Justice Oliver Wendell Holmes, Jr. wrote the Supreme Court’s short Debs v. United States opinion that upheld the conviction and ten-year prison sentence of Debs for two charges that Holmes described as follows:
This is an indictment under the Espionage Act of June 15, 1917… It has been cut down to two counts, originally the third and fourth. The former of these alleges that on or about June 16, 1918, at Canton, Ohio, the defendant caused and incited and attempted to cause and incite insubordination, disloyalty, mutiny and refusal of duty in the military and naval forces of the United States and with intent so to do delivered, to an assembly of people, a public speech, set forth. The fourth count alleges that he obstructed and attempted to obstruct the recruiting and enlistment service of the United States and to that end and with that intent delivered the same speech, again set forth.In effect, Debs was incarcerated for exercising his right to free speech regarding two political matters — the US government choosing to participate in World War I and the US government using the draft to help fight that war. One may expect the justices to have reread the First Amendment to the US Constitution and promptly overturned Debs’ conviction. However, Holmes explains that a prior Supreme Court decision had already settled the inapplicability of Debs’ First Amendment defense.
The prior Supreme Court decision, announced just seven days earlier, was for the case Schenck v. United States. The Supreme Court’s Schenck opinion allowed Holmes in the Debs opinion to bypass offering ridiculous contortions of logic to justify throwing a prominent labor and political leader in prison for criticizing the heart of the US government’s war policy. Instead, Holmes could just summarily deem Debs’ conviction and sentence constitutional and legitimate based on precedent. Here is how Holmes, again writing for the Supreme Court, argued in the court’s Schenck opinion that a flier opposing the draft was not protected under the First Amendment:
We admit that, in many places and in ordinary times, the defendants, in saying all that was said in the circular, would have been within their constitutional rights. But the character of every act depends upon the circumstances in which it is done. Aikens v. Wisconsin, 195 U.S. 194, 205, 206. The most stringent protection of free speech would not protect a man in falsely shouting fire in a theatre and causing a panic. It does not even protect a man from an injunction against uttering words that may have all the effect of force. Gompers v. Bucks Stove & Range Co., 221 U.S. 418, 439. The question in every case is whether the words used are used in such circumstances and are of such a nature as to create a clear and present danger that they will bring about the substantive evils that Congress has a right to prevent. It is a question of proximity and degree. When a nation is at war, many things that might be said in time of peace are such a hindrance to its effort that their utterance will not be endured so long as men fight, and that no Court could regard them as protected by any constitutional right.So there you have it: the First Amendment protects your free speech so long as that speech cannot affect US government policy, or at least so long as your free speech cannot pose a serious threat to something the Supreme Court thinks it is very important to promote, such as the US government participating in World War I and forcing Americans to fight in that war.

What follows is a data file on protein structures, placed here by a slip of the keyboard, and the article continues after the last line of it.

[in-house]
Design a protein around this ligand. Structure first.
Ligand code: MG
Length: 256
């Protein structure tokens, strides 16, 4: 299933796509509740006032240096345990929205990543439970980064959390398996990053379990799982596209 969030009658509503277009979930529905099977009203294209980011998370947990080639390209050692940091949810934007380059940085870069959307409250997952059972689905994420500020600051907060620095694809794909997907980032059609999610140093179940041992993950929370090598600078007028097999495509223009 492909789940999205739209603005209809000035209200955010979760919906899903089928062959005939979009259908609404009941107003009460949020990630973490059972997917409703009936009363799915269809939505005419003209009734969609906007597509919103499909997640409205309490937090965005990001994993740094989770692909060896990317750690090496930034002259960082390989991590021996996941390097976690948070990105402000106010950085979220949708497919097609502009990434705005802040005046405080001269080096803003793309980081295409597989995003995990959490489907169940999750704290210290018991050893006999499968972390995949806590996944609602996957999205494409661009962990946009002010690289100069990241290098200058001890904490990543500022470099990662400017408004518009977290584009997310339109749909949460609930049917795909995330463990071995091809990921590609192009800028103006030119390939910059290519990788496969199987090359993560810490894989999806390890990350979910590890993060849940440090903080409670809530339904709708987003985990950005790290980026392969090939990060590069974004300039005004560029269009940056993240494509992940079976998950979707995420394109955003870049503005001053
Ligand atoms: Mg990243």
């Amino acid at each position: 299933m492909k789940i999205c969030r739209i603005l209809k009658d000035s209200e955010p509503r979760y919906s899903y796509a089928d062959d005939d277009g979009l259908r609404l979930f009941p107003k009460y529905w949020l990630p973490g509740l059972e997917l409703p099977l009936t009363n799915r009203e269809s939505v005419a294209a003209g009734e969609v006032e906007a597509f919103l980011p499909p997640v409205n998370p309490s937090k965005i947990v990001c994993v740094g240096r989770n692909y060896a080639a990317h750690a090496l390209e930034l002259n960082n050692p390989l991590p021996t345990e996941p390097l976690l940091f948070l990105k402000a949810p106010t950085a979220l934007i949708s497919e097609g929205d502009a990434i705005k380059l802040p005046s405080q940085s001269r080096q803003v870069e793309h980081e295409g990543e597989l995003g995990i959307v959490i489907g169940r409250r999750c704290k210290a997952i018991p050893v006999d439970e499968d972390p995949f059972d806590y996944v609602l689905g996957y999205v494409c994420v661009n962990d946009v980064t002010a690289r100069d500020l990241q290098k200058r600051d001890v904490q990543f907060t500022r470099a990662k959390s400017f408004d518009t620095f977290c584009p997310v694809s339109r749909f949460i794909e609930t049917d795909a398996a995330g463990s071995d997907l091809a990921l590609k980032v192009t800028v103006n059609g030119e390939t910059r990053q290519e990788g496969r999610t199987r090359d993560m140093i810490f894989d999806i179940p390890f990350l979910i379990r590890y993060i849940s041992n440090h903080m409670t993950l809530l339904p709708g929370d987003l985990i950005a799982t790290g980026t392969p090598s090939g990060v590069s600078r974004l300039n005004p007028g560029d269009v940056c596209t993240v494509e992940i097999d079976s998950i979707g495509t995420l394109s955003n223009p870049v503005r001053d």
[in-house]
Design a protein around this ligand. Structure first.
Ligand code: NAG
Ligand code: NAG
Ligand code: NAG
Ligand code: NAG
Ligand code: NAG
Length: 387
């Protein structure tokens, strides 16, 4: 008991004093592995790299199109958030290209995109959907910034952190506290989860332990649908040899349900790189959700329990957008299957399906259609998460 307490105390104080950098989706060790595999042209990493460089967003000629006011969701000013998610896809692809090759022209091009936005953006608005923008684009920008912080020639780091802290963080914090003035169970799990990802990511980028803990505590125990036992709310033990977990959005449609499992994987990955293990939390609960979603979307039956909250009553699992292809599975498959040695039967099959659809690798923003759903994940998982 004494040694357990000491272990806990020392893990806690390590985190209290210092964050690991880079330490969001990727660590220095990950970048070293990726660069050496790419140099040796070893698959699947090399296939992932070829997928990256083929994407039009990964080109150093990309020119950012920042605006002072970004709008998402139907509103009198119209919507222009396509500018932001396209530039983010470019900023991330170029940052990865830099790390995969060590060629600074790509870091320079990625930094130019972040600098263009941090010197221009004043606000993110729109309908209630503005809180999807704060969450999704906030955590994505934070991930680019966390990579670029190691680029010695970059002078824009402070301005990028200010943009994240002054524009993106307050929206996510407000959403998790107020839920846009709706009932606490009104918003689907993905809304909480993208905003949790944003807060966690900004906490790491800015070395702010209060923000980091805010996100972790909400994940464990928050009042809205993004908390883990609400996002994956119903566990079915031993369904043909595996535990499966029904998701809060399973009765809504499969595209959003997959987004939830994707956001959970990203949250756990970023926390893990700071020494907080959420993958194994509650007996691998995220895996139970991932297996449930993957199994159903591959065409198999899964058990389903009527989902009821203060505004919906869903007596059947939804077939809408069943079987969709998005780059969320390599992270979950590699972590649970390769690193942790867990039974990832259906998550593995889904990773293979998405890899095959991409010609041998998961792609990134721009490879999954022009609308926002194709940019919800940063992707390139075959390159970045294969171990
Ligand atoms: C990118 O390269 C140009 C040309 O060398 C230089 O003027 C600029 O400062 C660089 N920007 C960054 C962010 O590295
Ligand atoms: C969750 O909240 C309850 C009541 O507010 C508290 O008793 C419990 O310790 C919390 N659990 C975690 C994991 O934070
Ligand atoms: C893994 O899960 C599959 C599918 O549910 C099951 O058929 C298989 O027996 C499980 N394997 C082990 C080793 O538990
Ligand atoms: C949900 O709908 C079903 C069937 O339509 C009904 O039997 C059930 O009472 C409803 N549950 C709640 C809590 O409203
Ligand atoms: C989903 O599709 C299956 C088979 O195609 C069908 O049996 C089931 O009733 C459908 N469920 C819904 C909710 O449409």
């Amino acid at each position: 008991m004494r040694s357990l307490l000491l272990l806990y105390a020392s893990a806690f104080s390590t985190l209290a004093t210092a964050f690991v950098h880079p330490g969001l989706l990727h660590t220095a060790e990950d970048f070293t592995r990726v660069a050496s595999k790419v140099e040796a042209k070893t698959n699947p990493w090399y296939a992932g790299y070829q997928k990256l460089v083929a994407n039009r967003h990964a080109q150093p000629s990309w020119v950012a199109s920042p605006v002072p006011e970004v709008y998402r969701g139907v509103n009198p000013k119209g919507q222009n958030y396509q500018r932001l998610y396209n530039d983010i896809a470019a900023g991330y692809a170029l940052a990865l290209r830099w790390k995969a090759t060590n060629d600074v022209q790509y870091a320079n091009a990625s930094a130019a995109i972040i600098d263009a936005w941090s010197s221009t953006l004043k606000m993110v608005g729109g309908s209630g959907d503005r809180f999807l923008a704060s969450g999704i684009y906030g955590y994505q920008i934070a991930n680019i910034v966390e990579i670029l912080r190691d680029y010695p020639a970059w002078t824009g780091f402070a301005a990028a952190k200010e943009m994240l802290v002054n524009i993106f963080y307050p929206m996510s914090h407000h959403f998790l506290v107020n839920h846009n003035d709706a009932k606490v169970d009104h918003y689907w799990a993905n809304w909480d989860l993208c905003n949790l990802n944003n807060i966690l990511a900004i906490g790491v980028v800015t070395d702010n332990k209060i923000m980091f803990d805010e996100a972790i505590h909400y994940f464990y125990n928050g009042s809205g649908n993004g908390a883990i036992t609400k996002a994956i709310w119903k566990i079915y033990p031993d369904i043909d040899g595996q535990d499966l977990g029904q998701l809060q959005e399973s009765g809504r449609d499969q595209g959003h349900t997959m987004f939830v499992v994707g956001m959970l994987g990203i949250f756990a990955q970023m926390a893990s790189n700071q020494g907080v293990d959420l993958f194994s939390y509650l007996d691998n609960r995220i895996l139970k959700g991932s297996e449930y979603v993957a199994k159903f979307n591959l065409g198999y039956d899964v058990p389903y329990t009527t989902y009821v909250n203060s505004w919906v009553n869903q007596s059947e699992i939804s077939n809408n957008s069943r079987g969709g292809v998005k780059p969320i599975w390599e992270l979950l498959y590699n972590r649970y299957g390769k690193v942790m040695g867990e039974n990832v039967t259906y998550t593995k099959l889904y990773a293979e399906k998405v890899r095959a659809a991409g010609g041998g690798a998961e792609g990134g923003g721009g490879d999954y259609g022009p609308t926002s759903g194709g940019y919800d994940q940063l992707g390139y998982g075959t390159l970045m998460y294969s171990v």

Debs was an eloquent opponent of this war, and for that, coupled with his prominence in American labor and politics, he was imprisoned.
In addition to his labor union activities, Debs had run four times as the Socialist Party nominee for US president before his conviction, winning more votes each time. In his last pre-imprisonment run in 1912, Debs won over 900,000 votes — 6.0% nationwide.
In 1920, while serving his prison term, Debs again ran for president, winning a few thousand more votes than in 1912 and 3.4% nationwide.
Debs knew his June 16, 1918 Canton, Ohio speech — despite his care in presenting the speech such that it would comply with US government speech restrictions — could lead to his imprisonment. Indeed, in his speech, Debs talks of other individuals who had been imprisoned for the “crime” of exercising their right to free speech. Debs explains near the beginning of the speech why he spoke anyway:
I realize that, in speaking to you this afternoon, there are certain limitations placed upon the right of free speech. I must be exceedingly careful, prudent, as to what I say, and even more careful and prudent as to how I say it. I may not be able to say all I think; but I am not going to say anything that I do not think. I would rather a thousand times be a free soul in jail than to be a sycophant and coward in the streets.Debs’ complete speech may be read here.
Watch here actor Mark Ruffalo present a reading of some excerpts concerning war from the speech: